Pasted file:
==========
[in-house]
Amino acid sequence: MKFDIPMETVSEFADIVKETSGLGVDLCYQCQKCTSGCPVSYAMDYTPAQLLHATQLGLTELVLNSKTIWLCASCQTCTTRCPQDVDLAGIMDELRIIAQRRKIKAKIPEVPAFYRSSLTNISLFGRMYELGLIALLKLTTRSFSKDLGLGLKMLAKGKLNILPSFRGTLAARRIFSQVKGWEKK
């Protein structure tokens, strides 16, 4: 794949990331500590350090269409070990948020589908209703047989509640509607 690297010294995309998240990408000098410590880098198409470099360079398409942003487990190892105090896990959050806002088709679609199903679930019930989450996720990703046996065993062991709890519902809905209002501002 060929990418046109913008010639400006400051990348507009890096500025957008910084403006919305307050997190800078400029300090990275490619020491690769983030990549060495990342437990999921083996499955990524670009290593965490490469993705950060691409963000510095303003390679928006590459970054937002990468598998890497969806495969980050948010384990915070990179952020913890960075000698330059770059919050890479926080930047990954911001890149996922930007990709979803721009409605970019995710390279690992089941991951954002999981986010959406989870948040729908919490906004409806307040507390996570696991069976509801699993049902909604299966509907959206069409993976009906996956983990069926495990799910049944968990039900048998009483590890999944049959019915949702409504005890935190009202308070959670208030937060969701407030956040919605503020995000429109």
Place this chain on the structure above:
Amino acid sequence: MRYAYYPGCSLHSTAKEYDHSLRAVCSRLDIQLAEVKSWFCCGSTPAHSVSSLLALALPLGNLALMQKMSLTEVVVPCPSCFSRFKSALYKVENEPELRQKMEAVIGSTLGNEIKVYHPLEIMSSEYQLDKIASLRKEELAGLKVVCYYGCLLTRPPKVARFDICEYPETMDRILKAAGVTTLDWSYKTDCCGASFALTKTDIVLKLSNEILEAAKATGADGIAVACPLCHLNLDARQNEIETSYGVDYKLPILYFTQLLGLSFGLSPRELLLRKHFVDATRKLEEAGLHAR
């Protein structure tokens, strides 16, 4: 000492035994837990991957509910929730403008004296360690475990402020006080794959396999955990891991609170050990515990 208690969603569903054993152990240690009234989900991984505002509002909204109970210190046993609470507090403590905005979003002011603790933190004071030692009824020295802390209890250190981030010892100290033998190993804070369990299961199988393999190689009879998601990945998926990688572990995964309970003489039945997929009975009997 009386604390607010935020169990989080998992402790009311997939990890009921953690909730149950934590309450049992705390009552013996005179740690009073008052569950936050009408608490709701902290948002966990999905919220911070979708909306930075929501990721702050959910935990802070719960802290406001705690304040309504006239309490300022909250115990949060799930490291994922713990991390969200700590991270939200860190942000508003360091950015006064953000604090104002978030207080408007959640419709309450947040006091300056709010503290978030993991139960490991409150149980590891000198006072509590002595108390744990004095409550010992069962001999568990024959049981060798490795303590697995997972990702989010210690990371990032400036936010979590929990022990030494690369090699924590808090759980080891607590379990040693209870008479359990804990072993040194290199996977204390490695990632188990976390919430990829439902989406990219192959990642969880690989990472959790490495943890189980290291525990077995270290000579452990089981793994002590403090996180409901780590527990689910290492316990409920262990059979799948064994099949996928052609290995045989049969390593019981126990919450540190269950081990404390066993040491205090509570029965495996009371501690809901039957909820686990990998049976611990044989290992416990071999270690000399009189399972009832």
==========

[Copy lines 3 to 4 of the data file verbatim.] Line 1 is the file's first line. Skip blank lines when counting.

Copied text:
């Protein structure tokens, strides 16, 4: 794949990331500590350090269409070990948020589908209703047989509640509607 690297010294995309998240990408000098410590880098198409470099360079398409942003487990190892105090896990959050806002088709679609199903679930019930989450996720990703046996065993062991709890519902809905209002501002 060929990418046109913008010639400006400051990348507009890096500025957008910084403006919305307050997190800078400029300090990275490619020491690769983030990549060495990342437990999921083996499955990524670009290593965490490469993705950060691409963000510095303003390679928006590459970054937002990468598998890497969806495969980050948010384990915070990179952020913890960075000698330059770059919050890479926080930047990954911001890149996922930007990709979803721009409605970019995710390279690992089941991951954002999981986010959406989870948040729908919490906004409806307040507390996570696991069976509801699993049902909604299966509907959206069409993976009906996956983990069926495990799910049944968990039900048998009483590890999944049959019915949702409504005890935190009202308070959670208030937060969701407030956040919605503020995000429109």
Place this chain on the structure above: